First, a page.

During the 1990s, emphasis on the health and safety of people who exercise in hot, humid conditions increased and many organizations became aware of the need for protection against heat-related disorders. A practical, pre-cooling strategy applicable to several sporting codes, which is low cost, easy to use, light-weight and which enhances cooling of the human body prior to and following exercise, was developed and tested. Eight males and eight females participated in a maximal oxygen consumption (V˙O2max) test and four trials: a control (without cooling) and wearing each of three different cooling vests (A, B, C). Vests were worn during the rest, stretch, warm-up (50% V˙O2max) and recovery stages of the protocol, but not during the 30min run (70% V˙O2max). Core and skin temperatures during exercise were reduced (by approximately 0.5°C, rectal; 0.1 – 1.4°C, abdominal skin temperature) and sweat rates were lower (by approximately 10 – 23%). Endurance times for running at 95% of V˙O2max were increased by up to 49s. Perceptions of the thermal state and skin wetness showed changes to greater levels of satisfaction. Physiological and sensory responses were related to design features of the vests.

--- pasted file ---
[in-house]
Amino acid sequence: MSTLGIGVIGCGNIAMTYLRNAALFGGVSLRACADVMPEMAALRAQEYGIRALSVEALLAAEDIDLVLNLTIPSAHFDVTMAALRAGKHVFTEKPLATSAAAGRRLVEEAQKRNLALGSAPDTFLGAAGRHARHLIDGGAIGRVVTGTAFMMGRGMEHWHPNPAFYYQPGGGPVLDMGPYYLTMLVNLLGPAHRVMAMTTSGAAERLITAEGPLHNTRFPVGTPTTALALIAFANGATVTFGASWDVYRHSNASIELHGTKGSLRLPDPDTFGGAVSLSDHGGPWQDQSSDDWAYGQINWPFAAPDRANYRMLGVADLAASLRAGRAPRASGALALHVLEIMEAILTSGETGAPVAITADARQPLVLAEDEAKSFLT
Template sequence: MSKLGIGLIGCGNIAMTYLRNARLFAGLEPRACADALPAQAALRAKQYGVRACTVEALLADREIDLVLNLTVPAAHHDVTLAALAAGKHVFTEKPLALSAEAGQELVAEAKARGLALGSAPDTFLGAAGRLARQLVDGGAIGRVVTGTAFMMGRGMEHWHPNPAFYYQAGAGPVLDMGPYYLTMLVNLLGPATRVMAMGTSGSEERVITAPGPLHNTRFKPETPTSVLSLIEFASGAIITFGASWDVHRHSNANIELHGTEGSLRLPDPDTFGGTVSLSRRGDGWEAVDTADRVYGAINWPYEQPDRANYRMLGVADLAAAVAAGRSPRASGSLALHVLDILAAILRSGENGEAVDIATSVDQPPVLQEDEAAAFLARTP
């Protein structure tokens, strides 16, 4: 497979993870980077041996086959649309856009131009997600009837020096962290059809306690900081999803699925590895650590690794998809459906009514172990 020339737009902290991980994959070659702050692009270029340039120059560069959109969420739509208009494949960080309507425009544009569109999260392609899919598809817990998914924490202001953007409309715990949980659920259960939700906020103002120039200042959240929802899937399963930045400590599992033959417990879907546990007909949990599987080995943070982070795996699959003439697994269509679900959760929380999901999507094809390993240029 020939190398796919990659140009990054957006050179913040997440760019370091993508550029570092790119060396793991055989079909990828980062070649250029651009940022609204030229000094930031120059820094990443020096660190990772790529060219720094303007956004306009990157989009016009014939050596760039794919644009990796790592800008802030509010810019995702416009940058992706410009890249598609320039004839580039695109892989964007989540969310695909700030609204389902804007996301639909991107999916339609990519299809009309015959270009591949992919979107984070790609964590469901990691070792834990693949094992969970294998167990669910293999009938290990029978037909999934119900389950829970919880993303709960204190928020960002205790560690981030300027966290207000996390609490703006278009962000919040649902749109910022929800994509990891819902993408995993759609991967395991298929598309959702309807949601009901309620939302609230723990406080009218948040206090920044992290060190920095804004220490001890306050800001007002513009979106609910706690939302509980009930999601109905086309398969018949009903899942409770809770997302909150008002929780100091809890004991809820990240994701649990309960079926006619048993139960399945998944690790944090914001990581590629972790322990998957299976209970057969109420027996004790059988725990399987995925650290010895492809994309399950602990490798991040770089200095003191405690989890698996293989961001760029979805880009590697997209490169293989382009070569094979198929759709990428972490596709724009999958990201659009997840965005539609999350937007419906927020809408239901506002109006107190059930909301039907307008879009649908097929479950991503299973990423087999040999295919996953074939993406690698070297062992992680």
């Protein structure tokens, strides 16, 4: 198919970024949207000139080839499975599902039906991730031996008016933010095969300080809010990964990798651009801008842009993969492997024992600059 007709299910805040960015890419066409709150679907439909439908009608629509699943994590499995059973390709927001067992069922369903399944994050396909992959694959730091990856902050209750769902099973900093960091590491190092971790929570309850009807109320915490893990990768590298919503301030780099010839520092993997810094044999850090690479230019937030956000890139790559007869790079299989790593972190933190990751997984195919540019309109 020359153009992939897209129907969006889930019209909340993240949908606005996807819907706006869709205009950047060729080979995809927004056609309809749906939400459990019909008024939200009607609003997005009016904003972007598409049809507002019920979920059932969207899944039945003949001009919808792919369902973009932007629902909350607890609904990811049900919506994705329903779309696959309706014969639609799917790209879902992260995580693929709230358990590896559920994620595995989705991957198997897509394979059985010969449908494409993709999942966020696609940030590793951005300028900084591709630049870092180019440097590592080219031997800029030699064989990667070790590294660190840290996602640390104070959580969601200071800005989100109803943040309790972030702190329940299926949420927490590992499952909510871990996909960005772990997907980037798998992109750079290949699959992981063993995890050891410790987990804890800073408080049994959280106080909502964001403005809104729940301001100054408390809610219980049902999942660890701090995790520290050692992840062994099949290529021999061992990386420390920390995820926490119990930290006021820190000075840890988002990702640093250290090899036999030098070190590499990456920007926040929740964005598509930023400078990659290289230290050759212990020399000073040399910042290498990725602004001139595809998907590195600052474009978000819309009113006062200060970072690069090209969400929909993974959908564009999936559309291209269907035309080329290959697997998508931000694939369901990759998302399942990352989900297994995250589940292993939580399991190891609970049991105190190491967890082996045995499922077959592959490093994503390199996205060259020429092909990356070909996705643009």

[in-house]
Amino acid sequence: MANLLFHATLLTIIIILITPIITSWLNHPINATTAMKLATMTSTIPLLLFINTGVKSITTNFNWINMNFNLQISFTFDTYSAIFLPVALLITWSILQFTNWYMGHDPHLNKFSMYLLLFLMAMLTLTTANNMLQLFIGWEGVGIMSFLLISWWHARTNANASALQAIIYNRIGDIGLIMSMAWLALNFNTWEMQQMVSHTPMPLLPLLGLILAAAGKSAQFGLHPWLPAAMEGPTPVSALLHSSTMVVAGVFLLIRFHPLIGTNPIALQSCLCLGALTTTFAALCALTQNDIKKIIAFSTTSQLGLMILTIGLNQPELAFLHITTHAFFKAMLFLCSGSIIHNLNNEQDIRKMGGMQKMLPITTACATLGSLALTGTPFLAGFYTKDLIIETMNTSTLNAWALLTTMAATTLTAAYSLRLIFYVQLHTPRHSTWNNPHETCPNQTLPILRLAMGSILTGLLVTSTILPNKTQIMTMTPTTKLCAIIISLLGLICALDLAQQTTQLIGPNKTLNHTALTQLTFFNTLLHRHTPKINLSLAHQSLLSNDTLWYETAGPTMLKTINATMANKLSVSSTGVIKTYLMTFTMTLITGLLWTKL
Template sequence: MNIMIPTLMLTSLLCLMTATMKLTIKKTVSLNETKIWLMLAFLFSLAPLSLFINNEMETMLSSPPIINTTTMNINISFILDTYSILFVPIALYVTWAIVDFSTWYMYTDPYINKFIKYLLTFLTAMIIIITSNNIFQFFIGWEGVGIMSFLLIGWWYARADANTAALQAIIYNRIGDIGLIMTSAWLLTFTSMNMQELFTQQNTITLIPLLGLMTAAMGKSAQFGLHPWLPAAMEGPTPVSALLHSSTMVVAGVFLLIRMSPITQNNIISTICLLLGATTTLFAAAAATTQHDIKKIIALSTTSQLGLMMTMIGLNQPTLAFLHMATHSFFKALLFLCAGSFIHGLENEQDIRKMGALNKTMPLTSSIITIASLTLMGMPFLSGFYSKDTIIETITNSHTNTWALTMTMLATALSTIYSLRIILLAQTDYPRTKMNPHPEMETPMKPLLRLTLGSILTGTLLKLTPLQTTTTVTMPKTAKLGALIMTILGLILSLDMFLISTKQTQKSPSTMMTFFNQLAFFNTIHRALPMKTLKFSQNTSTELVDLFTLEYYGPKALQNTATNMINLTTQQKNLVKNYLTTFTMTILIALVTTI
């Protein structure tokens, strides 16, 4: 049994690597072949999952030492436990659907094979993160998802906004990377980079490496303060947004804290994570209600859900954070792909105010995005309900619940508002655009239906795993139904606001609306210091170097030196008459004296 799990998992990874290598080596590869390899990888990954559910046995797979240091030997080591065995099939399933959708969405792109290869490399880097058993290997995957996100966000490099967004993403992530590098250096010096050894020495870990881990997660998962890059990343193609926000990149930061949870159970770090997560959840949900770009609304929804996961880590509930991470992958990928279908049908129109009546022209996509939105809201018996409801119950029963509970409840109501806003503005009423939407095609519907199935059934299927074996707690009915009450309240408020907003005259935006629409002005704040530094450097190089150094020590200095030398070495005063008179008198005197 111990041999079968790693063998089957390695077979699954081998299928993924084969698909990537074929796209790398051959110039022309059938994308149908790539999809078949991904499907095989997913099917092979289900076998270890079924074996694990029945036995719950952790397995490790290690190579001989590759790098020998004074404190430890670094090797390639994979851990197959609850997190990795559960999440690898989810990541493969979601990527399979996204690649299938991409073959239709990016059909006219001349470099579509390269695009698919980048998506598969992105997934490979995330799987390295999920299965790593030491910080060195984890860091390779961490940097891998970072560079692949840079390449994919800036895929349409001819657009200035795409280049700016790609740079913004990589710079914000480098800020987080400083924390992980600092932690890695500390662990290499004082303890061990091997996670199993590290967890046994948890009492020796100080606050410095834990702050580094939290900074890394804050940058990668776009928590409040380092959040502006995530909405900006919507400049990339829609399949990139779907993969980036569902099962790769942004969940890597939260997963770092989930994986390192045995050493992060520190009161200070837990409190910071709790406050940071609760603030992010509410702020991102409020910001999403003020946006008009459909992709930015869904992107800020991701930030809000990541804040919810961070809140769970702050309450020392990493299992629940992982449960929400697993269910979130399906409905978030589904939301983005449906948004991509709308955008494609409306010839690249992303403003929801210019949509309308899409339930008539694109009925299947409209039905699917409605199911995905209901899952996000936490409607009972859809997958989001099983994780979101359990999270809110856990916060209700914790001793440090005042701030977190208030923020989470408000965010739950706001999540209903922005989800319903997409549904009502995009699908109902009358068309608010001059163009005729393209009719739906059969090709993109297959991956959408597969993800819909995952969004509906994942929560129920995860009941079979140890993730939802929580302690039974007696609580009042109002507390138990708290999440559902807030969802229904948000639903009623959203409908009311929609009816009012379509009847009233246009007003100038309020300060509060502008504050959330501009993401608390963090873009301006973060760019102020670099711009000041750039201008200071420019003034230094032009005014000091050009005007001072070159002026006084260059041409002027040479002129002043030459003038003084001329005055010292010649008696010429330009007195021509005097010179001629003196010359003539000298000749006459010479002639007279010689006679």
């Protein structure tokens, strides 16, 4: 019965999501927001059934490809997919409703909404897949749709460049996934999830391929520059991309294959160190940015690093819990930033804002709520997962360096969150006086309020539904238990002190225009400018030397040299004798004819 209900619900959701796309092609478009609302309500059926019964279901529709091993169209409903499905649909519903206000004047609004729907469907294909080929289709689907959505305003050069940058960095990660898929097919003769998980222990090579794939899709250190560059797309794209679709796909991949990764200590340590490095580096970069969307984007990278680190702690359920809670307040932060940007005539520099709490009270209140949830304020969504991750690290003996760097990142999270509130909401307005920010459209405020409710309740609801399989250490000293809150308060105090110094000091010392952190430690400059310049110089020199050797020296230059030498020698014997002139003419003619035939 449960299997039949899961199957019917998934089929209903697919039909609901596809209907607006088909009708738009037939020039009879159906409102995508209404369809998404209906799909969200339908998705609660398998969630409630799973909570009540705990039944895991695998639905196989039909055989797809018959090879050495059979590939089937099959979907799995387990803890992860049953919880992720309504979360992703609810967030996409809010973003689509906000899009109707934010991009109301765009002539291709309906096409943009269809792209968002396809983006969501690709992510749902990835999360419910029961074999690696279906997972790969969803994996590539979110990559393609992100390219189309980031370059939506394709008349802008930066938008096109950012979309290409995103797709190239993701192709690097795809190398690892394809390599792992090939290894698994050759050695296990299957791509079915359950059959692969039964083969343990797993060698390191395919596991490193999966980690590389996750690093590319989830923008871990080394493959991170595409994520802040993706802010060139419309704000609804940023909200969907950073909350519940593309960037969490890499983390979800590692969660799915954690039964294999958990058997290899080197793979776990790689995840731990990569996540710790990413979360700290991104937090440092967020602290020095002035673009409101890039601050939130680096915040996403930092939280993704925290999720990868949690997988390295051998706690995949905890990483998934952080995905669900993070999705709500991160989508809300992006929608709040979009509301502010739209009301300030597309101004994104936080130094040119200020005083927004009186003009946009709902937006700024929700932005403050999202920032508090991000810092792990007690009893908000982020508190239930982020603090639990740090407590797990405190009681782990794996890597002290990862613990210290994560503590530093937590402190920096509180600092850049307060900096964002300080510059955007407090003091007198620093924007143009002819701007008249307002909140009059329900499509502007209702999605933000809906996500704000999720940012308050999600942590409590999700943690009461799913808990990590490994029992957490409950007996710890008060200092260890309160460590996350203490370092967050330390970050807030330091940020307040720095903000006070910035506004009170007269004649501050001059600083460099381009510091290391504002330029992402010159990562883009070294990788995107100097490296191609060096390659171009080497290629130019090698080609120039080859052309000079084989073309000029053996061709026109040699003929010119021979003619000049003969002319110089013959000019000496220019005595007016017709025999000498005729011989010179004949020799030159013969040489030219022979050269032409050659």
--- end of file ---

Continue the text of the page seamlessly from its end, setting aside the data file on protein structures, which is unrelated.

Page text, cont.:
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Health and safety;
Document Type: Research Article
School of Fabric and Textile Design, Massey University
Pacific Sport, British Columbia, Canada
Clothing and Textile Sciences
Department of Mathematics and Statistics, University of Otago, P.O. Box 56, Dunedin, New Zealand
June 1, 2005
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